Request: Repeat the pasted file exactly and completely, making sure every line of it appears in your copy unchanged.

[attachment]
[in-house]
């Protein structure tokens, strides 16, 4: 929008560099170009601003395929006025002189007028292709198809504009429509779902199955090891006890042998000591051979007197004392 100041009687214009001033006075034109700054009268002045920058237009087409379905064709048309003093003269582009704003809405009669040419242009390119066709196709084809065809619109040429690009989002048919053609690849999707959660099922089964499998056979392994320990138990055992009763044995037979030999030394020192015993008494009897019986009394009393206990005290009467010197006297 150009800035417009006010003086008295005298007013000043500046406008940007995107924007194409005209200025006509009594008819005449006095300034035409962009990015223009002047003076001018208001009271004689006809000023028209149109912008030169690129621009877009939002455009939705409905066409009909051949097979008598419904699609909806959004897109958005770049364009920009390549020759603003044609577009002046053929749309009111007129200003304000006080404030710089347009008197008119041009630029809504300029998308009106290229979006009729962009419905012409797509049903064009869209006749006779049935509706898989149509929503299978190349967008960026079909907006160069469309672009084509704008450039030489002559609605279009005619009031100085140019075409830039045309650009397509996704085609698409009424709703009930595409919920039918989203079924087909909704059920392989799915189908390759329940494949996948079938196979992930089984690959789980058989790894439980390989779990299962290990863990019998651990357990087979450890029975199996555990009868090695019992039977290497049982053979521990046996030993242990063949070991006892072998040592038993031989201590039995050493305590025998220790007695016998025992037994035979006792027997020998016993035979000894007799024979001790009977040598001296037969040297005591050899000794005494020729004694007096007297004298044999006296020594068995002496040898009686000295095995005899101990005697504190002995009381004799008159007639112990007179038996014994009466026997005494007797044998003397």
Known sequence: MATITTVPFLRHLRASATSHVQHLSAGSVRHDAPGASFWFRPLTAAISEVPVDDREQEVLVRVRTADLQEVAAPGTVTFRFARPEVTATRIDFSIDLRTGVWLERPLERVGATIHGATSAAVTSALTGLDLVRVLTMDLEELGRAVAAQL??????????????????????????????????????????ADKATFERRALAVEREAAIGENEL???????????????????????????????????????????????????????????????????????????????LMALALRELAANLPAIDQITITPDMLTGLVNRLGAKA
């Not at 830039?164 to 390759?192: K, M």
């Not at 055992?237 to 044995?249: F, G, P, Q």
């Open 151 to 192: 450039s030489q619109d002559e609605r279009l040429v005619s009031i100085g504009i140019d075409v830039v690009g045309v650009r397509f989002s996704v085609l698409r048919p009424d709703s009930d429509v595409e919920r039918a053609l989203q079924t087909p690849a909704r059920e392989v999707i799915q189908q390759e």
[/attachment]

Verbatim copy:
[in-house]
């Protein structure tokens, strides 16, 4: 929008560099170009601003395929006025002189007028292709198809504009429509779902199955090891006890042998000591051979007197004392 100041009687214009001033006075034109700054009268002045920058237009087409379905064709048309003093003269582009704003809405009669040419242009390119066709196709084809065809619109040429690009989002048919053609690849999707959660099922089964499998056979392994320990138990055992009763044995037979030999030394020192015993008494009897019986009394009393206990005290009467010197006297 150009800035417009006010003086008295005298007013000043500046406008940007995107924007194409005209200025006509009594008819005449006095300034035409962009990015223009002047003076001018208001009271004689006809000023028209149109912008030169690129621009877009939002455009939705409905066409009909051949097979008598419904699609909806959004897109958005770049364009920009390549020759603003044609577009002046053929749309009111007129200003304000006080404030710089347009008197008119041009630029809504300029998308009106290229979006009729962009419905012409797509049903064009869209006749006779049935509706898989149509929503299978190349967008960026079909907006160069469309672009084509704008450039030489002559609605279009005619009031100085140019075409830039045309650009397509996704085609698409009424709703009930595409919920039918989203079924087909909704059920392989799915189908390759329940494949996948079938196979992930089984690959789980058989790894439980390989779990299962290990863990019998651990357990087979450890029975199996555990009868090695019992039977290497049982053979521990046996030993242990063949070991006892072998040592038993031989201590039995050493305590025998220790007695016998025992037994035979006792027997020998016993035979000894007799024979001790009977040598001296037969040297005591050899000794005494020729004694007096007297004298044999006296020594068995002496040898009686000295095995005899101990005697504190002995009381004799008159007639112990007179038996014994009466026997005494007797044998003397």
Known sequence: MATITTVPFLRHLRASATSHVQHLSAGSVRHDAPGASFWFRPLTAAISEVPVDDREQEVLVRVRTADLQEVAAPGTVTFRFARPEVTATRIDFSIDLRTGVWLERPLERVGATIHGATSAAVTSALTGLDLVRVLTMDLEELGRAVAAQL??????????????????????????????????????????ADKATFERRALAVEREAAIGENEL???????????????????????????????????????????????????????????????????????????????LMALALRELAANLPAIDQITITPDMLTGLVNRLGAKA
């Not at 830039?164 to 390759?192: K, M």
């Not at 055992?237 to 044995?249: F, G, P, Q």
């Open 151 to 192: 450039s030489q619109d002559e609605r279009l040429v005619s009031i100085g504009i140019d075409v830039v690009g045309v650009r397509f989002s996704v085609l698409r048919p009424d709703s009930d429509v595409e919920r039918a053609l989203q079924t087909p690849a909704r059920e392989v999707i799915q189908q390759e």